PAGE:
Antiretroviral therapy suppresses viral load, reducing the likelihood that persons living with HIV (PLH) will transmit their infection to sexual partners. Initiation of HAART is both treatment and also a strategy to reduce future HIV incidence. Treatment-as-prevention can only be successful on a public health scale when a high proportion of PLH in the community enter, maintain, and adhere to care. A question that has received almost no scientific attention is how to reach the large number of persons in the community aware of their HIV+ status but not receiving treatment. A potentially transformative novel strategy to address this problem is by targeting interventions toward social networks of PLH in the community-particularly those not presently in care-to strengthen and reinforce network-level norms, readiness, skills, and plans for treatment entry, maintenance, and adherence. The approach is novel because it creates norms within the PLH community itself to motivate treatment engagement. This study will be conducted in St. Petersburg, Russia, where contemporary HAART regimens have only recently been rolled out but a high proportion of PLH are not in care, decline prescribed HAART therapy, or interrupt treatment. UNAIDS data show that the proportion of PLH in Eastern Europe outside of medical care is higher than in Subsaharan Africa, and two-thirds of PLH receiving HAART do not adhere at optimal levels. Our pilot research has established that PLH have many other PLH in their social networks, and that these networks can be identified and engaged in behavioral intervention. A 6- month period of formative study will be undertaken to tailor recruitment and intervention methods. The study's main trial will recruit 32 3-ring sociocentric social networks of PLH (n=448). Baseline assessments will be made of each participant's CD4+ and HIV viral load, care engagement, HAART adherence, and psychosocial characteristics. Networks will be randomized in equal numbers to two study conditions. Comparison condition network members will receive a care motivational interview at baseline and then usual services. Members of each of the 16 social networks assigned to the intervention condition will receive the same motivational interview session to "prime" interest in care. Then, socially influential network leaders, identified based o sociometric standing and centrality in the network's structure, will be trained to deliver ongoing theory-based, personally-tailored advice and counseling to other PLH network members over a 2-month period. Leaders will emphasize the benefits of entering, remaining, and adhering to treatment. The network intervention's aim is to boost the proportion of network members engaged in medical care, increase care attendance, reduce viral load, and improve treatment adherence at 6- and 12-month followup. We will examine how network structural characteristics mediate intervention effects, and will also model intervention impact for reducing subsequent incidence. The study's impact rests on the potential for network interventions to engage PLH in the community to enter and adhere to care. The modality will be applicable to international settings and in the United States.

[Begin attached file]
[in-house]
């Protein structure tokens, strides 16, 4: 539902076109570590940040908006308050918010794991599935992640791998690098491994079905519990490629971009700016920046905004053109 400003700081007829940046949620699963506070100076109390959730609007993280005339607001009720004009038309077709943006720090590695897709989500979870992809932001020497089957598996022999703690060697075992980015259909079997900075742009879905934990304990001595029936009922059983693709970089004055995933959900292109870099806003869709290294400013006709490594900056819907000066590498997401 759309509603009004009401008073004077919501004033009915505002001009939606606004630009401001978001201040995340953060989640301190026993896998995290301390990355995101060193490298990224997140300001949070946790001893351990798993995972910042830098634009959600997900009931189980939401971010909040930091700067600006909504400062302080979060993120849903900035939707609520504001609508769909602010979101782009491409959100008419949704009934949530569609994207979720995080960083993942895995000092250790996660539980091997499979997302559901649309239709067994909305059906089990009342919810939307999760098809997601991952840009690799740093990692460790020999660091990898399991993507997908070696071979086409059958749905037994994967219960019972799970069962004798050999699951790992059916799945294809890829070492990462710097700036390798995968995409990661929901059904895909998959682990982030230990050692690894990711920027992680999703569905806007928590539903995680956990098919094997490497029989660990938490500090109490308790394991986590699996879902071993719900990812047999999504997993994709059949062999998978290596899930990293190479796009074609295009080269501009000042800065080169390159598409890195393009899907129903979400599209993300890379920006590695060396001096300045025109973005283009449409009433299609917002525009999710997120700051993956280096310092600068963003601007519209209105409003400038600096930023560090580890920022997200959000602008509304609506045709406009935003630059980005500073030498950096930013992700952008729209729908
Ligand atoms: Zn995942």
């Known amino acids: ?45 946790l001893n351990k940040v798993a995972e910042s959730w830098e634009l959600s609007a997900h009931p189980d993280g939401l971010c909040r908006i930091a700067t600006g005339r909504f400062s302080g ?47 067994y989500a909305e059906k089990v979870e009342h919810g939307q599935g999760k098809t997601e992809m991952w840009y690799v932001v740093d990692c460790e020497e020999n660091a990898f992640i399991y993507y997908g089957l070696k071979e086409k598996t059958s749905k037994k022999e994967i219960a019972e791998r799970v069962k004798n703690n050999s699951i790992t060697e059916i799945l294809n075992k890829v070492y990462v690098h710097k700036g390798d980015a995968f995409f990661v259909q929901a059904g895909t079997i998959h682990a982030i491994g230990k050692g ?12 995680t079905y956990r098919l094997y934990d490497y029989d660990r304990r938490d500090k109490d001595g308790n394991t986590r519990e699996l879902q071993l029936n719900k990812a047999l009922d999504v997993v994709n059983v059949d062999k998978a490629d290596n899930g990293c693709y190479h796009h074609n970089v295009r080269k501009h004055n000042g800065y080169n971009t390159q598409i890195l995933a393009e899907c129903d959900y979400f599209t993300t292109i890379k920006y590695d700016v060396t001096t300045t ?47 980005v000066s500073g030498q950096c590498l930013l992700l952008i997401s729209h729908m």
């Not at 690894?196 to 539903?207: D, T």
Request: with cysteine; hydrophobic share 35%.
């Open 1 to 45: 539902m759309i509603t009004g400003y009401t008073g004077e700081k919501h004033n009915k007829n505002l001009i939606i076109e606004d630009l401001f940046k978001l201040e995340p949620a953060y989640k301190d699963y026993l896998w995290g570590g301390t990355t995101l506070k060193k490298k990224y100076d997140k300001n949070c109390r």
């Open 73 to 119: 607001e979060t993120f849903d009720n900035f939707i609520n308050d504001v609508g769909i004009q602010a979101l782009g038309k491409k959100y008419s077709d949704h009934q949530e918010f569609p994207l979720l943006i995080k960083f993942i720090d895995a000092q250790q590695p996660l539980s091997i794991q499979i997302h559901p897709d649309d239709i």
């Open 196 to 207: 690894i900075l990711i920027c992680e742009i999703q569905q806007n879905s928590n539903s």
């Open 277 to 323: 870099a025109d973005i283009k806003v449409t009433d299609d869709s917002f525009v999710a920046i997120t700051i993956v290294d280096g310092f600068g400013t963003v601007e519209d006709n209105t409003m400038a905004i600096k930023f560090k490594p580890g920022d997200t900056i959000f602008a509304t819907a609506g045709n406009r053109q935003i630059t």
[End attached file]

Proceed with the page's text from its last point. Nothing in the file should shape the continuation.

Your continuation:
Russia has an expanding HIV epidemic that is increasingly characterized by sexual transmission. Contemporary antiretroviral therapies are now available, accessible, and free in major cities, but uptake is very low and most PLH are not in care. So long as a high proportion of PLH are outside of care, their health is compromised and new paradigms of treatment-as-prevention cannot achieve their potential as a strategy for reducing infectivity and future HIV incidence. This research will determine the effects of a social network-level intervention designed to reach PLH in the community-including those presently out of care-and engage them in HIV medical care systems. The approach is innovative because it enlists PLH interconnected in their social networks with other PLH in the community to establish peer norms, motivations, and supports to increase medical care uptake and adherence. Very low treatment uptake and poor HAART adherence make Russia a setting scientifically ideal for testing this approach. If successful, trial results can inform the development of similar approaches for reducing HIV incidence in the United States.